The struggle between evolutionists and creationists has never been so cogent – as the world begins to define and sharpen itself through the process of globalization, schools of thought and states of mind are continuously being hammered, harmonized and reconciled into one extruded long stream of logic. Sticking up along like kinks on a smooth straight line remain two lumps strangely at odds with each other, standing at opposite lengths and eyeballing each other menacingly – they are the evolutionist and creationist.
Central to the evolutionist and creationist debate is how policy makers, educators and parents reconcile the eschatological gulf between these two opposing camps: to effectively profile an educational program to holistically explain both the sciences and the phenomenon of evolution without compromising on accuracy and depth – against this goal lies a complex tapestry of contradictions. For one, both creationist and evolutionist have rival narratives accounting for man’s origins, rival roadmaps about what the deeper meaning of life is, rival sets of philosophies governing change and stasis, and above all, rival endings about how the book of life will come to an end.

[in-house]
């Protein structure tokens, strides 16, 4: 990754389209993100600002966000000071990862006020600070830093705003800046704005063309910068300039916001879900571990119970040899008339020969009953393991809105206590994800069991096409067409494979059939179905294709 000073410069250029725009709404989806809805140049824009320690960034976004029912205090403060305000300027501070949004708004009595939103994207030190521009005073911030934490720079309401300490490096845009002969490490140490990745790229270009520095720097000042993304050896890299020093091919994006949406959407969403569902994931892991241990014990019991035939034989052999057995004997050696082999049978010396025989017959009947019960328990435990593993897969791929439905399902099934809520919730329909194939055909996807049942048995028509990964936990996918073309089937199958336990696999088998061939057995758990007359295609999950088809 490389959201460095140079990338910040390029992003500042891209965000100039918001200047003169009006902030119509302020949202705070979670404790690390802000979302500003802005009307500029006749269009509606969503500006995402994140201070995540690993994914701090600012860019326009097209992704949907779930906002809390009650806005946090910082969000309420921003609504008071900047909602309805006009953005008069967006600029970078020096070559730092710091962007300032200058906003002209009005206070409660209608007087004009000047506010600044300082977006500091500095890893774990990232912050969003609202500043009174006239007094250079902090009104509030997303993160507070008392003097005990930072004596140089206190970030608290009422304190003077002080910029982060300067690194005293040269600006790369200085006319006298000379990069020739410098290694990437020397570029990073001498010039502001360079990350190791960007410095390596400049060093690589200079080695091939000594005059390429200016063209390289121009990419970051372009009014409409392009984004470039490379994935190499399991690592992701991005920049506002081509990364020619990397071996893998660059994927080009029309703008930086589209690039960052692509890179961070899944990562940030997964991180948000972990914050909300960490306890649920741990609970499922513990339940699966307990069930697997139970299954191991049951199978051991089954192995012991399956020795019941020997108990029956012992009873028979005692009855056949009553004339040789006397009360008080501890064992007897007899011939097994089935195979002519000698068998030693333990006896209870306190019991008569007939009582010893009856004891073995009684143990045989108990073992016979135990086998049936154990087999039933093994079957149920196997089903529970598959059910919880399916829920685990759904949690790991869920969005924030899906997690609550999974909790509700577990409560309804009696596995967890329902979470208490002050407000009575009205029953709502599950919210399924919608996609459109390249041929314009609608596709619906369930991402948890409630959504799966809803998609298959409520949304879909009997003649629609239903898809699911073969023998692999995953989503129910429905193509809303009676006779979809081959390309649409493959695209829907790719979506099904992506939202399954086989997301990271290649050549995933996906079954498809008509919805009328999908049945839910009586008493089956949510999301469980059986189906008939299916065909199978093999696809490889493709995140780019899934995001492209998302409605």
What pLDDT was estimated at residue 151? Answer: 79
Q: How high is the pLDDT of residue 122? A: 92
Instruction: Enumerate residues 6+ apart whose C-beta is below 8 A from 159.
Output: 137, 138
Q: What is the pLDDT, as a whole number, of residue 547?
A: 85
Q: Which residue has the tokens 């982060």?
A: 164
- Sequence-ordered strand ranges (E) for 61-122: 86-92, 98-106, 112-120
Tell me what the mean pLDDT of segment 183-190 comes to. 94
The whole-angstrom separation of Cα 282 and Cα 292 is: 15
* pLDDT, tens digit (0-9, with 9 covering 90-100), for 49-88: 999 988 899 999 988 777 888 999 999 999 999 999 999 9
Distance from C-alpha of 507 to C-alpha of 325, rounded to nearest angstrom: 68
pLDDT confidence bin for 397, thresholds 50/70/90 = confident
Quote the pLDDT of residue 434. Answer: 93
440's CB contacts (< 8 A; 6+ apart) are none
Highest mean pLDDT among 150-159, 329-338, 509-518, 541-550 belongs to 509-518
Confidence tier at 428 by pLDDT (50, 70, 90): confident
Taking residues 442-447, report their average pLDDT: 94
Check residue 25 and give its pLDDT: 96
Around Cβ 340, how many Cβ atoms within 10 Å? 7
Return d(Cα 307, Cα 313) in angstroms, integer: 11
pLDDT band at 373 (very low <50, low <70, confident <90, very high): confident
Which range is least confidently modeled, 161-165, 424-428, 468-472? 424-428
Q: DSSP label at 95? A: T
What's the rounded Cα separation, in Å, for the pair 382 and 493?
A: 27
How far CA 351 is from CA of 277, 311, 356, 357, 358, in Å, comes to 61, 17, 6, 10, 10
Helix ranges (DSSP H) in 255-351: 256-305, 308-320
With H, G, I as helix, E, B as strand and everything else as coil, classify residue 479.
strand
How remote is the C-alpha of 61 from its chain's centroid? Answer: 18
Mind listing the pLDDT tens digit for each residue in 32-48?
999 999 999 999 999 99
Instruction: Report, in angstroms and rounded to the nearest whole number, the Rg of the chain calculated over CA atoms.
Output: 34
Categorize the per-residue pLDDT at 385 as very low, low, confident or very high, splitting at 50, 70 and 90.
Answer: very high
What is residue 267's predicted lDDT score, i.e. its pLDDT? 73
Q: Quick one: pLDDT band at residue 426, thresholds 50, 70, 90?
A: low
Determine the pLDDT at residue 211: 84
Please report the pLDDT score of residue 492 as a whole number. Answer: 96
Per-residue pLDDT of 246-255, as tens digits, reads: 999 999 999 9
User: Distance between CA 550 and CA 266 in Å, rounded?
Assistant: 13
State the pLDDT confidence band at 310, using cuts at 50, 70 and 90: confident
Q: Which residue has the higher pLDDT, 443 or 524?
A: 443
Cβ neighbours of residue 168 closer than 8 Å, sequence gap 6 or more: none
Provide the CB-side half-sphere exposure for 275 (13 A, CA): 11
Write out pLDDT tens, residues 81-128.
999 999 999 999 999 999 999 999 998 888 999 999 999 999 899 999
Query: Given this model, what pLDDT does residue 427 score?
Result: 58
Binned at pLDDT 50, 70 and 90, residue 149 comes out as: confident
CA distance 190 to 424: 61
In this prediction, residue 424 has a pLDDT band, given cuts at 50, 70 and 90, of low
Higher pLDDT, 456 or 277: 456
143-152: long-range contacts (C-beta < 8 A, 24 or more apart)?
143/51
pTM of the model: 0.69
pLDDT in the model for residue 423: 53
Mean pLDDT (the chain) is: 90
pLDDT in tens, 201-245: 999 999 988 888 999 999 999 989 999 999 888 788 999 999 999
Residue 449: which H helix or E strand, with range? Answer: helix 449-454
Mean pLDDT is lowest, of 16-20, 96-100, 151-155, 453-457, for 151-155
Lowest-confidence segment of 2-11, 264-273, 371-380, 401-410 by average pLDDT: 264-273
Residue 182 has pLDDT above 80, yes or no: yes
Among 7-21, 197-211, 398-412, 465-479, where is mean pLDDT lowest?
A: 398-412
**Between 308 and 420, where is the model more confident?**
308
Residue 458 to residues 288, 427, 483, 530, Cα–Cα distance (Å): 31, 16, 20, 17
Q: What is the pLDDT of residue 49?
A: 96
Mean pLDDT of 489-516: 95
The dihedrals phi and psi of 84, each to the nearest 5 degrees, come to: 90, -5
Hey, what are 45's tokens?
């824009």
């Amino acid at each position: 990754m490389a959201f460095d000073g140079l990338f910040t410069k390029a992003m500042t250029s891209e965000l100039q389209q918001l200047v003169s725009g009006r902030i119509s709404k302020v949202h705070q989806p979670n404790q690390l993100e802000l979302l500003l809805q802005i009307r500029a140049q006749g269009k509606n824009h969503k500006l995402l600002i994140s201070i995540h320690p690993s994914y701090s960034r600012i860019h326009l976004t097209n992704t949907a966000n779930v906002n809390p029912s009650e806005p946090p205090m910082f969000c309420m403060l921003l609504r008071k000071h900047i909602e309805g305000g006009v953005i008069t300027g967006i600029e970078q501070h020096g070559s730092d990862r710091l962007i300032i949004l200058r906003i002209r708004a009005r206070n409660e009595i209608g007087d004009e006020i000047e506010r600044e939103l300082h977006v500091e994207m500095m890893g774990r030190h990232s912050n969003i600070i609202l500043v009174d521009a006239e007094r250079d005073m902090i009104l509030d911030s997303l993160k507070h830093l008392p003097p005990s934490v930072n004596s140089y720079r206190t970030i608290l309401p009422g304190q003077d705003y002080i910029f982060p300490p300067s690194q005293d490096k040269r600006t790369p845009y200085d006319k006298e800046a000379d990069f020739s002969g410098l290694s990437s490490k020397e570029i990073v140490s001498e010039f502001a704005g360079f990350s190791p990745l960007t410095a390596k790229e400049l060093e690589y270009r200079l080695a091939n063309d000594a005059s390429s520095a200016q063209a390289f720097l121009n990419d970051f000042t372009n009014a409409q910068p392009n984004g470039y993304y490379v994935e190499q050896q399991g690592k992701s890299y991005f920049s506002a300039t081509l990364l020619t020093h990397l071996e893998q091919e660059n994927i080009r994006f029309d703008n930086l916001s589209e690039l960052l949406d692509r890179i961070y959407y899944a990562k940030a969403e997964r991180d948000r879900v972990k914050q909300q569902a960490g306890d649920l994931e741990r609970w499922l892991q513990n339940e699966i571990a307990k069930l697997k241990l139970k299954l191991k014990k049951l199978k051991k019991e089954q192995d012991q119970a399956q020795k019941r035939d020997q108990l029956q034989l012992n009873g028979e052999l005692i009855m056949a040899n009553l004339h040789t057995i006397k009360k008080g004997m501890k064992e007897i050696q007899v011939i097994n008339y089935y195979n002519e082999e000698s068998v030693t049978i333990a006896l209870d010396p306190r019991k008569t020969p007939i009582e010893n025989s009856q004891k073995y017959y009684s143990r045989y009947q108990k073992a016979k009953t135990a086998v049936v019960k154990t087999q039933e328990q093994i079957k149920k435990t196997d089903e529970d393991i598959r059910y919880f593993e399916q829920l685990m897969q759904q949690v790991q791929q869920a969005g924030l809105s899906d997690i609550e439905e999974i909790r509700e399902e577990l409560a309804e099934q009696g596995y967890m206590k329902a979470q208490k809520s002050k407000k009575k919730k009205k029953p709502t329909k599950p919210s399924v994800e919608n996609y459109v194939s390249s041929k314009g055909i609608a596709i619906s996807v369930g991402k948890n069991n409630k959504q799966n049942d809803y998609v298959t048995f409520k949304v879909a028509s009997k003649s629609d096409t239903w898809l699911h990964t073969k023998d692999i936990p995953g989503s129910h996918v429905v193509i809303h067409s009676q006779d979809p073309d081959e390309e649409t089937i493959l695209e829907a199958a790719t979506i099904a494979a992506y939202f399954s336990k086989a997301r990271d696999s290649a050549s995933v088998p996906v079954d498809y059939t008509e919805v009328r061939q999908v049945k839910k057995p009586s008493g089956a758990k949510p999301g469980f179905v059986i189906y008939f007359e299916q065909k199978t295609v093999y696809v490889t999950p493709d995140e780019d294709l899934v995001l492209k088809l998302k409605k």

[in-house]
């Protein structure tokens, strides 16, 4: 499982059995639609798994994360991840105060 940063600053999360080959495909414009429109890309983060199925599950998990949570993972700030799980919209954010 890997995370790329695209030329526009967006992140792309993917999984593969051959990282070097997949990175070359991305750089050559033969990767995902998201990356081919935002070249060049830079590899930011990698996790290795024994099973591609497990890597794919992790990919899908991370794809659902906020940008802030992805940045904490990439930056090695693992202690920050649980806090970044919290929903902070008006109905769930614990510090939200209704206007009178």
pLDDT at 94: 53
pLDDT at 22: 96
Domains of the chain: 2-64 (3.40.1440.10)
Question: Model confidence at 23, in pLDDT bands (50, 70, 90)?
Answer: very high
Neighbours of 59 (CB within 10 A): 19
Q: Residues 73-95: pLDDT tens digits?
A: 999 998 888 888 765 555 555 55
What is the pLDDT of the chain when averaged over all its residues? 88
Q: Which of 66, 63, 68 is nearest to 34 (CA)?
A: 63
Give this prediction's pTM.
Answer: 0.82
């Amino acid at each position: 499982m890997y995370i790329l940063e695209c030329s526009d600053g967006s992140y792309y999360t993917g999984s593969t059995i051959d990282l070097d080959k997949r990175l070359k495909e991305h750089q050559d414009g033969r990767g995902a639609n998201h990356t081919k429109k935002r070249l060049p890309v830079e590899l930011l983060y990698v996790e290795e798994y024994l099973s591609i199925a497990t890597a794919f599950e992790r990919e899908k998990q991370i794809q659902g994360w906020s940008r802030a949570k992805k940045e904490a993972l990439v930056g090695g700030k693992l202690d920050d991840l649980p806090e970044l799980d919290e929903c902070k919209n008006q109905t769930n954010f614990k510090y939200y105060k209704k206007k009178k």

One way to understand the various aspects of this great divide is to look at its recent historical baseline in the US and chart its course to where it has settled these days. The present struggle over evolution is often seen by defenders of Darwinism as the clash of the titans in which creationism is a part of a general right-wing ideology that justifies the formation of a traditionalist autocratic class, wholly based on the ideal of protecting, “our way of life,” against assaults from post modernist adherents who they see as intent on overturning long held moral values into immoral compromises. These adherents are usually found in Marlboro land in the US (you know the cowboy who only shots blanks because he is puffing himself to extinction), more popularly known as the rural, South, the Midwest, and the Southwest, proudly counting themselves among the supporters of the current Bush Republican administration than among urban Northern Democrats (Coincidentally, this is also the place where they all believe aliens go around abducting people after getting bored of that, they go around forming crop circles.) Read the rest of this entry »